The issue of whether or not guardians can undertake Medicaid planning on behalf of their wards has come to the forefront of New Jersey probate litigation in the past two decades. Commencing in 1995, many of New Jersey’s Superior Courts began to recognize and permit guardians to transfer assets in order to expedite their wards’ eligibility for Medicaid benefits.
Unfortunately, decisions in this area were not uniform, and applications for such relief could be granted or denied by the personal or political feelings of the county probate judge. For several years, no statute or regulation existed to authorize this planning, nor was there any written opinion from the Appellate Division or state Supreme Court to provide direction to the Superior courts. Fortunately, a decisions from the Appellate Division was rendered in 1998 and 2004 which validated this form of estate planning by guardians.
1. Statutory Backdrop
N.J.S.A. 3B:12 establishes that a guardianship is a “protective arrangement.” Derived from Anglo-Norman legal traditions, the court acts under the doctrine of parens patriae over wards in a guardianship setting. While guardianships are nominally established to protect the person and the estate of mentally incapacitated individuals, the primary purpose of the guardianship power has been to prevent persons from becoming public charges or squandering their resources to the detriment of their heirs. Brakel and Rock, The Mentally Disabled and the Law, at 250 (Rev. Ed. 1971); Casasanto, Michael D.; Simon, Mitchell; and Roman, Judith, A Model Code of Ethics for Guardians, New Hampshire, 1989.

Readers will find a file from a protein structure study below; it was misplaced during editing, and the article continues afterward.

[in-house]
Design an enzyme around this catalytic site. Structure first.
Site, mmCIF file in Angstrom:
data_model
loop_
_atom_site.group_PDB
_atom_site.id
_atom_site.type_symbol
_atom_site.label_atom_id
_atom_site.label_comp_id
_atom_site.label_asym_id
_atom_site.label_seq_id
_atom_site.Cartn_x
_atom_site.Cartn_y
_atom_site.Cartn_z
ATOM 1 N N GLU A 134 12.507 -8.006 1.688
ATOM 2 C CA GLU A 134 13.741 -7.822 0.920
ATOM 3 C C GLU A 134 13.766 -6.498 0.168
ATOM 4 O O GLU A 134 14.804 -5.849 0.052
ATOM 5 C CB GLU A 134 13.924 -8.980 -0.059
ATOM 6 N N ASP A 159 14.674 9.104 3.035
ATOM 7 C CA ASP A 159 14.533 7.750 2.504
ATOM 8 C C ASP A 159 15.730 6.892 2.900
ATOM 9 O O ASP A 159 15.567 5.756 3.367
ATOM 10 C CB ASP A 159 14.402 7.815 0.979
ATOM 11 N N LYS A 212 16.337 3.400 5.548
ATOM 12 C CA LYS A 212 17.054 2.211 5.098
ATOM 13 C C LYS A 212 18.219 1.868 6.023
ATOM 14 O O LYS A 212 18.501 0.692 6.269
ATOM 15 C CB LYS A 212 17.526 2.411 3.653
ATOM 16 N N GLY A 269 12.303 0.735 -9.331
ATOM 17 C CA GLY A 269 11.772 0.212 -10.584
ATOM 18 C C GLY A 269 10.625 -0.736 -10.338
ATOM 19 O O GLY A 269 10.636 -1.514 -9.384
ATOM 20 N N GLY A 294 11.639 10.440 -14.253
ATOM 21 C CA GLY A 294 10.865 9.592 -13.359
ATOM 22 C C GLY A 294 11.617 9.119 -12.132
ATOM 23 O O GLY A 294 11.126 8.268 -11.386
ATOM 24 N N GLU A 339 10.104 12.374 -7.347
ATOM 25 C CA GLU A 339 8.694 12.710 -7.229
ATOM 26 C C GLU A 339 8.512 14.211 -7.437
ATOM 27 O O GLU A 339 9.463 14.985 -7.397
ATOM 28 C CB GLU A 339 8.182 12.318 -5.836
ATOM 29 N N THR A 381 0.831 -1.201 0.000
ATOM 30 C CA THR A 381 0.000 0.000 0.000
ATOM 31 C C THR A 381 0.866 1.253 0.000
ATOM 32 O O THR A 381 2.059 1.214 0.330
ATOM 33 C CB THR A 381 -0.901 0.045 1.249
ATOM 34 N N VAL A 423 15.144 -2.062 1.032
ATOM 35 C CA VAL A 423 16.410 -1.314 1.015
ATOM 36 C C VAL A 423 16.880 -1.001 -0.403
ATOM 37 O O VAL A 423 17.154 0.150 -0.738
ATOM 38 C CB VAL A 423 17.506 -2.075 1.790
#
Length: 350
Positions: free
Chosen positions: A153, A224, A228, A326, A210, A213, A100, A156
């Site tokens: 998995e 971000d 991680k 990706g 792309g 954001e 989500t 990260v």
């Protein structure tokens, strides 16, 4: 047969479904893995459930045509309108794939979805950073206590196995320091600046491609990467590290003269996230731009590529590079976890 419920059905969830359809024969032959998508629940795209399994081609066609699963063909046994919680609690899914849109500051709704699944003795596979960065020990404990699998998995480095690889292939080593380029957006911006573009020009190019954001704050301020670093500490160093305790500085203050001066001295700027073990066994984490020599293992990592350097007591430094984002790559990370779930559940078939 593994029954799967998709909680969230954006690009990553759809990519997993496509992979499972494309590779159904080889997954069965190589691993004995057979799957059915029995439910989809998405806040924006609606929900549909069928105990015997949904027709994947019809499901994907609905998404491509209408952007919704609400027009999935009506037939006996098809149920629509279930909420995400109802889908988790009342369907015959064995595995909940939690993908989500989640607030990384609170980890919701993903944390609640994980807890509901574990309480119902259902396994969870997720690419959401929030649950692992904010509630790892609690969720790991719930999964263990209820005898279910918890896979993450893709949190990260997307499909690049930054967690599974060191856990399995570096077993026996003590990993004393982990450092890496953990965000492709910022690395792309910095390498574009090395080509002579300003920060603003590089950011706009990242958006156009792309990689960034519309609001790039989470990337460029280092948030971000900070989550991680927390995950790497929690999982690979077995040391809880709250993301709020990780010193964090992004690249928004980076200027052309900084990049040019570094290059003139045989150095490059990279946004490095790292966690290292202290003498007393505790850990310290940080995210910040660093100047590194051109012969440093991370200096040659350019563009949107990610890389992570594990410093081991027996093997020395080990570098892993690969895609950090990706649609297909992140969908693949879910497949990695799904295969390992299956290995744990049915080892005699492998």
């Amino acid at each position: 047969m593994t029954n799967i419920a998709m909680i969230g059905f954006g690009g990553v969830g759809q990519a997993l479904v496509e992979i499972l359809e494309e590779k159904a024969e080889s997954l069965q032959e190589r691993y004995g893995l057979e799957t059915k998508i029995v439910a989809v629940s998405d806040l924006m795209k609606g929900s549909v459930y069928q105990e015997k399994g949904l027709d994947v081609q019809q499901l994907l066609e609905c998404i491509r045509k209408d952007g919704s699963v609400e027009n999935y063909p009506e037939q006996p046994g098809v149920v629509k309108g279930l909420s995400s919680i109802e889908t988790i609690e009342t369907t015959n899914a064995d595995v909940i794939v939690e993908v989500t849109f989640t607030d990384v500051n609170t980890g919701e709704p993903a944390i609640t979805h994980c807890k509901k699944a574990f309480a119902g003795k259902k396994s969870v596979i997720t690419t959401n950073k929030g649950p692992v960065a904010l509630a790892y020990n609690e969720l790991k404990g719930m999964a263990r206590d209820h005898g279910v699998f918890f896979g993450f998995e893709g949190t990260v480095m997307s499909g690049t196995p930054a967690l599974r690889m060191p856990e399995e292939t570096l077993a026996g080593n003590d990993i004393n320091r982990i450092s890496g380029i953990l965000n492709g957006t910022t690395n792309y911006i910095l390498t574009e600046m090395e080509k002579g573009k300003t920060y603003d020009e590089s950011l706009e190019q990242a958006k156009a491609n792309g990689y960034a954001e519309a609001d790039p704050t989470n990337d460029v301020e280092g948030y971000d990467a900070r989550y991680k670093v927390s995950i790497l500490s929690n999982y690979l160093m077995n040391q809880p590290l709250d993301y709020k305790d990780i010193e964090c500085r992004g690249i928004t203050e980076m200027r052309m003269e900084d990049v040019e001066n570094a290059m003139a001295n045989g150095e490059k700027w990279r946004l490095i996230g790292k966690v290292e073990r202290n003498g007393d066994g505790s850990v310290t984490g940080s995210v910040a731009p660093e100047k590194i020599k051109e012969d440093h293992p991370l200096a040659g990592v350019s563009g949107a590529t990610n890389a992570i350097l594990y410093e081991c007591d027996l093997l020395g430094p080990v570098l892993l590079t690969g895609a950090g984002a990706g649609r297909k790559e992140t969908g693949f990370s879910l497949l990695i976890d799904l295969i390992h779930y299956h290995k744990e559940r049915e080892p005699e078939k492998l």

Clearly, guardians cannot undertake Medicaid planning without court approval. A guardian may reasonably expand or distribute the ward’s assets for the benefit of the ward, as well as those legally dependent upon the ward, and to pay for the necessary expenses for services by third parties on behalf of the ward without court approval (See N.J.S.A. 3B:12-43, 46, and 47, respectively). Most powers, however, must be conferred by the court, which has the authority to both expand and limit powers to guardians. (N.J.S.A. 3B:12-37, 49 and N.J.S.A. 3B:14-24)
The power to make gifts lies in N.J.S.A. 3B:12-58, which states:
If the estate is ample…, the guardian for the estate of a mental incompetent may apply to the court for authority to make gifts to charity and other objects as the ward might have been expected to make.
On the other hand, statute and case law prohibits self-dealing. Because assets transfers almost always benefit the guardians, there is some legal tension which needs to be resolved. Until recently, most courts declined to accept applications by guardians for Medicaid planning because of this tension and political beliefs that typically focused on the propriety of replacing private funds with public funds to pay for custodial care.
2. Case Law